• What documents will help you understand your topic better?
    At this stage I am not sure of any specific documents I might need, however I have used Summon to locate articles regarding audience surveys and I will post a literature review on these shortly. I will also make use of critical reviews of the plays I am investigating as it will be useful to see whether a theatre critics assessment of a production is the same as the 'layman' audience members – one of the major criticisms of 'criticism' (as mentioned in one of the books I read for my literature review, and elaborated on through conversations with my SIG) is that a theatre critic necessarily brings a bias to a production that may not be that of the average viewer.

  • What permission will you need to examine the document?
    At this stage I think that any documents I may need to examine will be in the public domain, either online or in print, so no permissions would be needed.
  • Can you plan this stage into your enquiry plan?
    I intend to complete my literature review and assessment prior to beginning the enquiry, and access any production reviews on an ongoing basis, based on the productions used for the enquiry and availability of publicly published reviews.
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"The analysis of your data will normally be against the original aims, objectives and research questions set within the terms of reference of your inquiry and reflect the current state of knowledge about your enquiry topic emerging from your literature review." (READER 6, P.4, 2013-14)

The interpretation of documents involves looking at the results to identify and trends, patterns or differences and offering an explanation for them.


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CONCLUSION
  • What have you accomplished and where do you need to go from here?
    I have begun to formulate a more solid process to determine how best to carry out the professional inquiry, looking at a combination of research methods and tools to decide which may yield the most accurate results.
    I need to now begin to trial the intended interview process among my professional network, to determine the validity of the process, and work on formulating my inquiry plan for submission.
  • Have you developed a plan that sets out what you will be doing for Module 3 to explore your topic and to link this thinking back to your professional role?
    I have started to reflect on the procedures that I might use, and the best combination of tools discussed during the reader. The inquiry plan is still in the early development stages but using my journal and through conversations with my SIG and professional network I have started to formulate more concrete ideas and plans.








References
BAPP Arts: 'Principles of Professional Inquiry' WBS 3630 (Module 2) READER 6, 2013-14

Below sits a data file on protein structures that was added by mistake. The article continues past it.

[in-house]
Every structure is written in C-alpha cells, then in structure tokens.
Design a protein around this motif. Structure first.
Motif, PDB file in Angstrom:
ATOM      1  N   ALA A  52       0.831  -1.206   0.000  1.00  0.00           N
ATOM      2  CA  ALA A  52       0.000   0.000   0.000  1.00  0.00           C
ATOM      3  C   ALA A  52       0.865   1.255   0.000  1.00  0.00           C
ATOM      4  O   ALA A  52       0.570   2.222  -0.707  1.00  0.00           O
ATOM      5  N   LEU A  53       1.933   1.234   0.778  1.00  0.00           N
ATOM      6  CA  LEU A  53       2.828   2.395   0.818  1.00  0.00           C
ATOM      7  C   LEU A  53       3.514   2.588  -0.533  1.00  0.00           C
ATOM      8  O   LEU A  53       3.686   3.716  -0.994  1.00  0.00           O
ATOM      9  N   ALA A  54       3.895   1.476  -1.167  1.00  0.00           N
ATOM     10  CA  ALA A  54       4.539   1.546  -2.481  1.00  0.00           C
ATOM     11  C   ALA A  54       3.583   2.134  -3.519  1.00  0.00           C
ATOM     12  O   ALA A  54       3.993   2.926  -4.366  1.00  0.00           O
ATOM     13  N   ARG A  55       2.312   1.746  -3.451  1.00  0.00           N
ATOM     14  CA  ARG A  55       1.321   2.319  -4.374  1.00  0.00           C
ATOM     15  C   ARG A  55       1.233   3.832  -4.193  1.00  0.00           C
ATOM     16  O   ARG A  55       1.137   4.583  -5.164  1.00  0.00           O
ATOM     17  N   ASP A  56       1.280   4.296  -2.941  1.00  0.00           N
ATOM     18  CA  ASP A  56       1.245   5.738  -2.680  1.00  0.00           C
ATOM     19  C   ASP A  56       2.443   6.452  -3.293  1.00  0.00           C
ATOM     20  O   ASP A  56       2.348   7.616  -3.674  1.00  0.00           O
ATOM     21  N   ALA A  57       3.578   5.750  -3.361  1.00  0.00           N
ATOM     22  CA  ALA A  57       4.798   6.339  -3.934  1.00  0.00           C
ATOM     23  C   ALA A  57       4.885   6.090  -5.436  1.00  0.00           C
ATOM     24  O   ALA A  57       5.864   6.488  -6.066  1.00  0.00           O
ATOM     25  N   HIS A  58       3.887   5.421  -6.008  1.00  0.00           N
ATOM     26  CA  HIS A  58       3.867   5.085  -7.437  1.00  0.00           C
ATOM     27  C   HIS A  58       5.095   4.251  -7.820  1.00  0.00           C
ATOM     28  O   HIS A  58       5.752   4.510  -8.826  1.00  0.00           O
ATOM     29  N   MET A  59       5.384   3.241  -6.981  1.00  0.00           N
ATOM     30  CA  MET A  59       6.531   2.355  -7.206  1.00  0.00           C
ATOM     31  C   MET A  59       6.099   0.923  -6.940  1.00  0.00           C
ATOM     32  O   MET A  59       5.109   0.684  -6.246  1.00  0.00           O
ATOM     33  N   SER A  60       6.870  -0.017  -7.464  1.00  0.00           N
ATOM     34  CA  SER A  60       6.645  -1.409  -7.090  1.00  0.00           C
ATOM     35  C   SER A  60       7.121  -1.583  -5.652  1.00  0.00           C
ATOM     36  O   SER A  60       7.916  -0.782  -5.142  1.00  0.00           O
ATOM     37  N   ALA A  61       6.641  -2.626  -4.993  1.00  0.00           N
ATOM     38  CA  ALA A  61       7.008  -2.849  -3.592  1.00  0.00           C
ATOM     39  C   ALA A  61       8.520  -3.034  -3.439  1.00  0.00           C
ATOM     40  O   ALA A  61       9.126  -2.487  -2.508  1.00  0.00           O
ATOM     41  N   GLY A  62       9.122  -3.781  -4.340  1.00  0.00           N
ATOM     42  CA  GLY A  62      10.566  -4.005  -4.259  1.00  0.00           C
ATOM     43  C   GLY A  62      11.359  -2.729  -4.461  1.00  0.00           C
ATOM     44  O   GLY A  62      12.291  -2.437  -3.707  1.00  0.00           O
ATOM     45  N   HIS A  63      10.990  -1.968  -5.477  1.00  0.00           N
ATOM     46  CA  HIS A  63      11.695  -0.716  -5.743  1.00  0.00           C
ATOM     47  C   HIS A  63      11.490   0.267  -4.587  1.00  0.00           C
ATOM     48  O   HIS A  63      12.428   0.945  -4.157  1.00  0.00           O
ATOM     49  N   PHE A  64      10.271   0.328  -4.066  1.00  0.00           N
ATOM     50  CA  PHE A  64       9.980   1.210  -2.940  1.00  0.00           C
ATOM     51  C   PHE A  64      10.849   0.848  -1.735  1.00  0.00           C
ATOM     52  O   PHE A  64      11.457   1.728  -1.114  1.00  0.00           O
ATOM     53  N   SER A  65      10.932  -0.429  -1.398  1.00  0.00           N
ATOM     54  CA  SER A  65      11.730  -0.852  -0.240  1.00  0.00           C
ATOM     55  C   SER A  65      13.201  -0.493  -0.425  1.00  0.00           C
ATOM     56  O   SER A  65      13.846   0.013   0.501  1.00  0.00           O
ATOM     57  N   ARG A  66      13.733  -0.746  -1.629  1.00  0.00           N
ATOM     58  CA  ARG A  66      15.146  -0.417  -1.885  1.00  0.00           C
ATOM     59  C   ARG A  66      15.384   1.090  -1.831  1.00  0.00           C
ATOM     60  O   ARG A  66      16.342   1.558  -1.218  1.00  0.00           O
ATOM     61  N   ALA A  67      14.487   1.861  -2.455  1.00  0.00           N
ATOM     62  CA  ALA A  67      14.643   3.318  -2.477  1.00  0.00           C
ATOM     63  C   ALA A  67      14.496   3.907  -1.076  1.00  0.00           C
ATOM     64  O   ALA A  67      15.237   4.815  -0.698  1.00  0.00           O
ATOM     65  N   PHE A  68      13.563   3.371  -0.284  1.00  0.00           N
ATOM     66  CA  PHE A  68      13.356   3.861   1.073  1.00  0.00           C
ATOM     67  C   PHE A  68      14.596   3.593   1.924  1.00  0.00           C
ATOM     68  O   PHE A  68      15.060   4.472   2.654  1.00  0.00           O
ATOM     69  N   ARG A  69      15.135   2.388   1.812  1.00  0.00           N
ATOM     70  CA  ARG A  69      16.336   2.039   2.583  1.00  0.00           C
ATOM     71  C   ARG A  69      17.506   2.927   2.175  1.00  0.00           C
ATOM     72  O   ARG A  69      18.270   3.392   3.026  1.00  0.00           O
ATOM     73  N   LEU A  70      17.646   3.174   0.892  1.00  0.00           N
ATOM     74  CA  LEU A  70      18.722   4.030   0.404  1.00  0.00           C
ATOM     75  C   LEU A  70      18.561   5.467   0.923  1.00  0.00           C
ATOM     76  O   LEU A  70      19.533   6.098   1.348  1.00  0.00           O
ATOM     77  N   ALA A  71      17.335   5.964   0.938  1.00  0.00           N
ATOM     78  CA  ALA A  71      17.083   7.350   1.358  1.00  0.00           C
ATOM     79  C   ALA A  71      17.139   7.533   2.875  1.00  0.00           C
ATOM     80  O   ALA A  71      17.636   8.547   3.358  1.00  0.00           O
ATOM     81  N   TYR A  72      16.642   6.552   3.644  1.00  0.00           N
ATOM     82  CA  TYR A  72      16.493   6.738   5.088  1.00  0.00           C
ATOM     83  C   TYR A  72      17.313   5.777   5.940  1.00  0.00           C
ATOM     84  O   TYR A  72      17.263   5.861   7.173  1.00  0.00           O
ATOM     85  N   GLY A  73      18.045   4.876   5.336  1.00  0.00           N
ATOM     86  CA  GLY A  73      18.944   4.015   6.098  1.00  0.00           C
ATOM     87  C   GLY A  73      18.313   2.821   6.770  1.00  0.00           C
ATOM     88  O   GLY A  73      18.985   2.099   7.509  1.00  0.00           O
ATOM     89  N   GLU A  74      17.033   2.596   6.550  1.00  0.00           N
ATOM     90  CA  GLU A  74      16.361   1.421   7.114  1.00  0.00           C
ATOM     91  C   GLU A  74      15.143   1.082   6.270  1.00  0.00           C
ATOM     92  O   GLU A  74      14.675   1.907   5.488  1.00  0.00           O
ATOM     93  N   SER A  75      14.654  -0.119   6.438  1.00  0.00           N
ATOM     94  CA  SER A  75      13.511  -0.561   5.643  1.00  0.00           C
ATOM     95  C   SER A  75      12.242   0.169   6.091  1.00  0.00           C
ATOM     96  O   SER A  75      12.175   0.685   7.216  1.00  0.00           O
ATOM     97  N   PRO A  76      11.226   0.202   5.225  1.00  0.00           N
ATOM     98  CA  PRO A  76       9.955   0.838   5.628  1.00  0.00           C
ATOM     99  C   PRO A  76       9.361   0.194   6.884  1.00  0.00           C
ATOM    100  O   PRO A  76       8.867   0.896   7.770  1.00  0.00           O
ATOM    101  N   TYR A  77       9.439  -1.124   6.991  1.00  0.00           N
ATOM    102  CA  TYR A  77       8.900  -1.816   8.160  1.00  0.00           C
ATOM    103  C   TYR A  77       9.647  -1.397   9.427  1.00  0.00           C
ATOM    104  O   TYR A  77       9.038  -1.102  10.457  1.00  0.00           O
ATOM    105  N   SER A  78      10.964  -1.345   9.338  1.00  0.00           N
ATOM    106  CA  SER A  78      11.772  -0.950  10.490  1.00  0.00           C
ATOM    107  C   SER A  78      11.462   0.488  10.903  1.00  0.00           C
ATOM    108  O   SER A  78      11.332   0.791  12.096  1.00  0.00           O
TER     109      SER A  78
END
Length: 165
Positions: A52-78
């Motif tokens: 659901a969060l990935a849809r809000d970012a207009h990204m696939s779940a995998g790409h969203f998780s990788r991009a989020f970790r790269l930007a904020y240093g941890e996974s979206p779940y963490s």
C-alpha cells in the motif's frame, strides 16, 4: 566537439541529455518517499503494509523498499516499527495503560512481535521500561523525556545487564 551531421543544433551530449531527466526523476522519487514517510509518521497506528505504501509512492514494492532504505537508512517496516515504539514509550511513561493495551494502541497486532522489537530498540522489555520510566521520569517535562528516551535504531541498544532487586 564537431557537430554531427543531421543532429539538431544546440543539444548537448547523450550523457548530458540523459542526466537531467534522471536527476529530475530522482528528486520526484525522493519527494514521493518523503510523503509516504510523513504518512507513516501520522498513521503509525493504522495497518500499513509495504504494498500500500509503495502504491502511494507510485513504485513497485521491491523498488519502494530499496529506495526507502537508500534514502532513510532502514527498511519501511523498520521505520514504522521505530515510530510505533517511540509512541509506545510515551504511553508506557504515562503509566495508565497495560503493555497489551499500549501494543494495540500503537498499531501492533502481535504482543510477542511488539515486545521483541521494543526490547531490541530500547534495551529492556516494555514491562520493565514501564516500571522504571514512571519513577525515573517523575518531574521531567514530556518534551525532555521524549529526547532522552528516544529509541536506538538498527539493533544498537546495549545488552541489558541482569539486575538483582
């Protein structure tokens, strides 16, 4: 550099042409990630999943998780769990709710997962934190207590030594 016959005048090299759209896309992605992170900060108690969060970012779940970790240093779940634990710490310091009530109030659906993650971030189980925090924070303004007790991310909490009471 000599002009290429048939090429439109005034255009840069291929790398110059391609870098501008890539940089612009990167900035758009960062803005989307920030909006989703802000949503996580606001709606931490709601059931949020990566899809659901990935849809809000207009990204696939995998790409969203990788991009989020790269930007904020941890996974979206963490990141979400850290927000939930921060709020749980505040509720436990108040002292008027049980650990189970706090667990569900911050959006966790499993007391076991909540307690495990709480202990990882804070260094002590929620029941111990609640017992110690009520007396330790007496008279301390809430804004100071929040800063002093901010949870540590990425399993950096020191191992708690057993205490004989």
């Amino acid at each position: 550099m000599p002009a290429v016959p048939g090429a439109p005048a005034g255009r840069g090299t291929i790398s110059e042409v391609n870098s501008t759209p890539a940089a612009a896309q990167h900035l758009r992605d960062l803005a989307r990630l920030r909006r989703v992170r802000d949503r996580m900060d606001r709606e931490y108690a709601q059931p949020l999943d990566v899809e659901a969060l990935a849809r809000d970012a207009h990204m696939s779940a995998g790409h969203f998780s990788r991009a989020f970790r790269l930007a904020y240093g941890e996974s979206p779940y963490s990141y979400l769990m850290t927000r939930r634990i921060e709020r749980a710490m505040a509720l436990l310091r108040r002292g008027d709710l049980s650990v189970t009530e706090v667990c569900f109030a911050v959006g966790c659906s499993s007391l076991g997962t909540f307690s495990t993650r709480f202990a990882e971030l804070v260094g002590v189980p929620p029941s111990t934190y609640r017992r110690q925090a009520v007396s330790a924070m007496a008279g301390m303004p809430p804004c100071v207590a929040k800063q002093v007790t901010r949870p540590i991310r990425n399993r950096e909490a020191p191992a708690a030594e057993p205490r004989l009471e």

2 comments:

  1. This is great Dani! Sounds like you are well on your way with the inquiry! Im glad you feel like you are beginning to formulate a solid process to determine how you will carry out your inquiry, because I personally feel that has been one of the hardest parts so far! (Not to mention actually finding a more specific route for my inquiry - which I hope I have!)

    Initially, and probably still now, the whole planning of the inquiry and carrying out the inquiry itself seems quite overwhelming, and i've struggled to get my head round it. It seems like you have had a real systematic approach which looks to be working out well for you, as your ideas seem to have naturally developed along with your blogging.

    As I am beginning to get my head round the steps I need to take for the planning of my inquiry and the actual inquiry itself, I am feelng more confident and less stressed! It feels like there is masses amount of work to do, but hopefully we are all beginning to make sense of the madness!

    x

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    Replies
    1. Aah, thank you lovely!
      I'm fairly certain on what I want to do, and I think the time-planning is going to be the hardest thing for me! Not knowing what the theatre will have on for the duration of the research is scary (the next two shows they have are re-stagings of classic plays, which isn't relevant at all to the inquiry subject so hopefully there'll be some thought-provoking new works coming up!)
      I think the more we plan and know what we want to achieve, the less overwhelming it's going to be when we come to carrying out the actual research. Writing about the process on here has certainly helped me make more sense of things than at the start of the module when I felt a little unsure about the direction to take and I had so many ideas but nothing concrete.
      xx